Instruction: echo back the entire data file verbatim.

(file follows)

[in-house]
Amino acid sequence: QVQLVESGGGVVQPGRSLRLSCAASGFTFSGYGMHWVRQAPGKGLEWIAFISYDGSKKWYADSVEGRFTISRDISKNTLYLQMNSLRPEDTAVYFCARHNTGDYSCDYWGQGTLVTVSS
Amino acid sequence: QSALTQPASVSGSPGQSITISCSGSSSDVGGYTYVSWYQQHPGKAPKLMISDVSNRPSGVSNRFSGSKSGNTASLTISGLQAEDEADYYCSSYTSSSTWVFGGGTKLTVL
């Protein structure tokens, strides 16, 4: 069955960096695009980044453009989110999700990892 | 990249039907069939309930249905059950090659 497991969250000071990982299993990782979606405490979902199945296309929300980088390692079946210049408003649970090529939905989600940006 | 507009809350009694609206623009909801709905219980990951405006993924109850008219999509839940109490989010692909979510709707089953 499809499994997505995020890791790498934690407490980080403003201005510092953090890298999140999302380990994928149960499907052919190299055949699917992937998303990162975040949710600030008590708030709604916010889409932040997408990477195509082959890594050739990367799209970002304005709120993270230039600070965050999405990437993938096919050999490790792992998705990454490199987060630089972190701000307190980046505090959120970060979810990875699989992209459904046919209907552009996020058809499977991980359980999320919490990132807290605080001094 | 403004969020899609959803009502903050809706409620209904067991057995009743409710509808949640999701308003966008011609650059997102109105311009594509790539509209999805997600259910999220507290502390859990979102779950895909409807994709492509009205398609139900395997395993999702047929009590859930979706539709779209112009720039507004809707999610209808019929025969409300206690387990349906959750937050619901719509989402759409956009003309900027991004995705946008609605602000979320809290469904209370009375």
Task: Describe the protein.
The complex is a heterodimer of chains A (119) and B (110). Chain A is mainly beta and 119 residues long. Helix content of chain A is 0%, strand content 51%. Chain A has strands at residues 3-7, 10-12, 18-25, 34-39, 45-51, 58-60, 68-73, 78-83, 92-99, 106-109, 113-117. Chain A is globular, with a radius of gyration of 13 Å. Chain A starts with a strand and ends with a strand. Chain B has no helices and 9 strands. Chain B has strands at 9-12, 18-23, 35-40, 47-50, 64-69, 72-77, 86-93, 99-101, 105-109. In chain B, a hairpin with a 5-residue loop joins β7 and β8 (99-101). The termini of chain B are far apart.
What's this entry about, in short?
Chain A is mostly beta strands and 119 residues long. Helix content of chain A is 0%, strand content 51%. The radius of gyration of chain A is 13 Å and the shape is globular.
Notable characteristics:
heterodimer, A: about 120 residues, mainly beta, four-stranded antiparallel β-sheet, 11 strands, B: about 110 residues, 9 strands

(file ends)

[in-house]
Amino acid sequence: QVQLVESGGGVVQPGRSLRLSCAASGFTFSGYGMHWVRQAPGKGLEWIAFISYDGSKKWYADSVEGRFTISRDISKNTLYLQMNSLRPEDTAVYFCARHNTGDYSCDYWGQGTLVTVSS
Amino acid sequence: QSALTQPASVSGSPGQSITISCSGSSSDVGGYTYVSWYQQHPGKAPKLMISDVSNRPSGVSNRFSGSKSGNTASLTISGLQAEDEADYYCSSYTSSSTWVFGGGTKLTVL
């Protein structure tokens, strides 16, 4: 069955960096695009980044453009989110999700990892 | 990249039907069939309930249905059950090659 497991969250000071990982299993990782979606405490979902199945296309929300980088390692079946210049408003649970090529939905989600940006 | 507009809350009694609206623009909801709905219980990951405006993924109850008219999509839940109490989010692909979510709707089953 499809499994997505995020890791790498934690407490980080403003201005510092953090890298999140999302380990994928149960499907052919190299055949699917992937998303990162975040949710600030008590708030709604916010889409932040997408990477195509082959890594050739990367799209970002304005709120993270230039600070965050999405990437993938096919050999490790792992998705990454490199987060630089972190701000307190980046505090959120970060979810990875699989992209459904046919209907552009996020058809499977991980359980999320919490990132807290605080001094 | 403004969020899609959803009502903050809706409620209904067991057995009743409710509808949640999701308003966008011609650059997102109105311009594509790539509209999805997600259910999220507290502390859990979102779950895909409807994709492509009205398609139900395997395993999702047929009590859930979706539709779209112009720039507004809707999610209808019929025969409300206690387990349906959750937050619901719509989402759409956009003309900027991004995705946008609605602000979320809290469904209370009375």
Task: Describe the protein.
The complex is a heterodimer of chains A (119) and B (110). Chain A is mainly beta and 119 residues long. Helix content of chain A is 0%, strand content 51%. Chain A has strands at residues 3-7, 10-12, 18-25, 34-39, 45-51, 58-60, 68-73, 78-83, 92-99, 106-109, 113-117. Chain A is globular, with a radius of gyration of 13 Å. Chain A starts with a strand and ends with a strand. Chain B has no helices and 9 strands. Chain B has strands at 9-12, 18-23, 35-40, 47-50, 64-69, 72-77, 86-93, 99-101, 105-109. In chain B, a hairpin with a 5-residue loop joins β7 and β8 (99-101). The termini of chain B are far apart.
What's this entry about, in short?
Chain A is mostly beta strands and 119 residues long. Helix content of chain A is 0%, strand content 51%. The radius of gyration of chain A is 13 Å and the shape is globular.
Notable characteristics:
heterodimer, A: about 120 residues, mainly beta, four-stranded antiparallel β-sheet, 11 strands, B: about 110 residues, 9 strands